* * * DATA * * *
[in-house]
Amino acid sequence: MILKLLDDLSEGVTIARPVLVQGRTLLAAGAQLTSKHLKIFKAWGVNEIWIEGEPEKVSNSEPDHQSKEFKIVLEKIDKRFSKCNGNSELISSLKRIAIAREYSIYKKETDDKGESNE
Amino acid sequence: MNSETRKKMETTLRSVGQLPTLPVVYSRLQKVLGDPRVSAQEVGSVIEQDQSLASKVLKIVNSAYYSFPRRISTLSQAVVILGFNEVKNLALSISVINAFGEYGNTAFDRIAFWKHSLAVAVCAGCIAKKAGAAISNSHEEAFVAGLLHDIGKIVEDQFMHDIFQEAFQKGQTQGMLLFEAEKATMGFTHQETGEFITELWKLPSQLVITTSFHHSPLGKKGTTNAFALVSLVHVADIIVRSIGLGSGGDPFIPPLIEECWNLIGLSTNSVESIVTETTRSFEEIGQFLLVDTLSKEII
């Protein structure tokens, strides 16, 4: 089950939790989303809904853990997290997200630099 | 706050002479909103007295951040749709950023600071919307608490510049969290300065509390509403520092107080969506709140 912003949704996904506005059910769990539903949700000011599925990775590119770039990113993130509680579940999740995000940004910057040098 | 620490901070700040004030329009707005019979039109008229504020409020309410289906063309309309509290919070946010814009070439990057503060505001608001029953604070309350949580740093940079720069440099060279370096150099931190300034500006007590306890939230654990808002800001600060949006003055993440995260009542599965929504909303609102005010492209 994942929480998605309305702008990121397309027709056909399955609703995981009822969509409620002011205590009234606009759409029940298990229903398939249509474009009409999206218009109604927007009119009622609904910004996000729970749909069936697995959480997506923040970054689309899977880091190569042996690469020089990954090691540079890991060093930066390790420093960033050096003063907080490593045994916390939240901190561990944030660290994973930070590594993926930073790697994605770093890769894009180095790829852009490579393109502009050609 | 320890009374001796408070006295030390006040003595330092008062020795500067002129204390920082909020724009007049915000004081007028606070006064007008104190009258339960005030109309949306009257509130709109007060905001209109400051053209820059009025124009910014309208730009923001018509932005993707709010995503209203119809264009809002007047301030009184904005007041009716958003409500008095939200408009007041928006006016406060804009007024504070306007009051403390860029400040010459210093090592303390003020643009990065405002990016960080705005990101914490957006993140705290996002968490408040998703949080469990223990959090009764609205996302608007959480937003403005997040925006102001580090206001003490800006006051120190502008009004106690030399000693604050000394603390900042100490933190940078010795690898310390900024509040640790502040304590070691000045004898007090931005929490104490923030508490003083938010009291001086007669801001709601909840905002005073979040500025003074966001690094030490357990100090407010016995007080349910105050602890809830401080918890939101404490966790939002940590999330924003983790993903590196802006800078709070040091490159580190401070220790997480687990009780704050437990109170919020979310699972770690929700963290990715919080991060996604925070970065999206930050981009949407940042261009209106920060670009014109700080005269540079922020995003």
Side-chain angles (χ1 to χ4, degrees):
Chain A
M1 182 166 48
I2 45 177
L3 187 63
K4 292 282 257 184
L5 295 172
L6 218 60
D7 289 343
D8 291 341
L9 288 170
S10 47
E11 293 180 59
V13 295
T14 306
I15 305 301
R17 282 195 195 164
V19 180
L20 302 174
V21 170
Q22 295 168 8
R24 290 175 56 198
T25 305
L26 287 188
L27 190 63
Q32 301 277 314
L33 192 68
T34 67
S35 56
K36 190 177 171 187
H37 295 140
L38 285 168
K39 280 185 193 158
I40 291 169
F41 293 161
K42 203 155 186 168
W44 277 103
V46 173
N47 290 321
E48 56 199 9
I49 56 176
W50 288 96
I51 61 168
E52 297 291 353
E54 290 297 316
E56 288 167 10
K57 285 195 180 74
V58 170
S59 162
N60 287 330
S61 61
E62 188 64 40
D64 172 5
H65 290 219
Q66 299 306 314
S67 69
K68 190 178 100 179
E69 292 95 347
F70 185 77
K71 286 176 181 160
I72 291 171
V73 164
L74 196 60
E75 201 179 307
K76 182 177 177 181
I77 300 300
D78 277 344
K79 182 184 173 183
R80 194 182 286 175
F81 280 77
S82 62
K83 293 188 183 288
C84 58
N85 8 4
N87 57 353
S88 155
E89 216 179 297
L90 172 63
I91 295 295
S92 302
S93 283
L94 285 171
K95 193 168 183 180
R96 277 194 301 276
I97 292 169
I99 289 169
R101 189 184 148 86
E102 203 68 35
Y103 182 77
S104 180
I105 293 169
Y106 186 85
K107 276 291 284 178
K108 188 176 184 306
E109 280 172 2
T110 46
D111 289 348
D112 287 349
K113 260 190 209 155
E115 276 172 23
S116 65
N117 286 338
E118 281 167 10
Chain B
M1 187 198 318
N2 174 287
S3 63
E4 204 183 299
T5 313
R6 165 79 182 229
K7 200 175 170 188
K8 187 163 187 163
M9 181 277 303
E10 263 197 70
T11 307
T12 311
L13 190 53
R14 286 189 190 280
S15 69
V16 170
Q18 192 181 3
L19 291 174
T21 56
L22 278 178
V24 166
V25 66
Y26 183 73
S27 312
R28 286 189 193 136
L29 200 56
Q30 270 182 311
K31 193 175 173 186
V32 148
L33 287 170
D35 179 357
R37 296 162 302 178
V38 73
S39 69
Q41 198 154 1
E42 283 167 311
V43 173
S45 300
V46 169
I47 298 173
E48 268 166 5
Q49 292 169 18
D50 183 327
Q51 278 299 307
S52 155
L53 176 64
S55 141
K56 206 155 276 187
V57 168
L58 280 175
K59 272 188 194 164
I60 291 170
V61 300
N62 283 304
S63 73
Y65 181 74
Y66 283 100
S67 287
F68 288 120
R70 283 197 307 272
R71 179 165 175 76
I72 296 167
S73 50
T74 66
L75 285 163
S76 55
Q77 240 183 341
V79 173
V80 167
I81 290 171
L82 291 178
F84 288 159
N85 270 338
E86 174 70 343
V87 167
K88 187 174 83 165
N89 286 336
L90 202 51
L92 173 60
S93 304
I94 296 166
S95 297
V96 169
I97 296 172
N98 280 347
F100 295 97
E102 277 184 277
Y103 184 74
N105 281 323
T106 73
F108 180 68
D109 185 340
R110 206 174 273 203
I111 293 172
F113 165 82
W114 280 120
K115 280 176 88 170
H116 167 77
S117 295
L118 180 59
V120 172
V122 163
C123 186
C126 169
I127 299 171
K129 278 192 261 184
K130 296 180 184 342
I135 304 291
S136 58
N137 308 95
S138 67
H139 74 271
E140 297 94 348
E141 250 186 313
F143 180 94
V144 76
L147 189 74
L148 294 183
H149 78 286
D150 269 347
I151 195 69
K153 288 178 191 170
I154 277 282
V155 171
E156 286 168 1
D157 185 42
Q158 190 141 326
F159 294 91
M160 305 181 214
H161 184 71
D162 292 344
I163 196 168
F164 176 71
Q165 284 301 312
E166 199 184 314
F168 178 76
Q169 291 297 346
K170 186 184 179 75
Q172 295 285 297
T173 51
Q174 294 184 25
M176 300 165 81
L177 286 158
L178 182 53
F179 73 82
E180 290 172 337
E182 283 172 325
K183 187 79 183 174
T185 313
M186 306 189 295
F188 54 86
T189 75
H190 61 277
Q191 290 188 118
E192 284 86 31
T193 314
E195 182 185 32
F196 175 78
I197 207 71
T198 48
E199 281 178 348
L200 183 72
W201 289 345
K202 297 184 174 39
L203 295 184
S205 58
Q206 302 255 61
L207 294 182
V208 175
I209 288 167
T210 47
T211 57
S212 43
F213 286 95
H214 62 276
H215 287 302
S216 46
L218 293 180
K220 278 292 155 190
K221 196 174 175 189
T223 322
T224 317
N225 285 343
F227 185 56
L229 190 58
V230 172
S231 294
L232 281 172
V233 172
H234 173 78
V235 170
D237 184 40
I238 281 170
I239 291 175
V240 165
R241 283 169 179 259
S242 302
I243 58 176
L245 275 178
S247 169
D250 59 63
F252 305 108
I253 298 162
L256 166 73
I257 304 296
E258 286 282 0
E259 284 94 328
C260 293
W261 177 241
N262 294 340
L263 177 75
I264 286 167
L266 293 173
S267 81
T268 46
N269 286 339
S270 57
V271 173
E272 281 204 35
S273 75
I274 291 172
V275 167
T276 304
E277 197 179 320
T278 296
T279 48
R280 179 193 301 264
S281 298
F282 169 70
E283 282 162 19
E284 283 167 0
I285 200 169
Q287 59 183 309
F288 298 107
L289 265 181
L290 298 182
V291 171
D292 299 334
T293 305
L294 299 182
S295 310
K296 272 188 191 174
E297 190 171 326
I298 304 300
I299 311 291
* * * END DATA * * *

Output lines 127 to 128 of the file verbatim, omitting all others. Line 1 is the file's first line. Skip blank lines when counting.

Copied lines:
T21 56
L22 278 178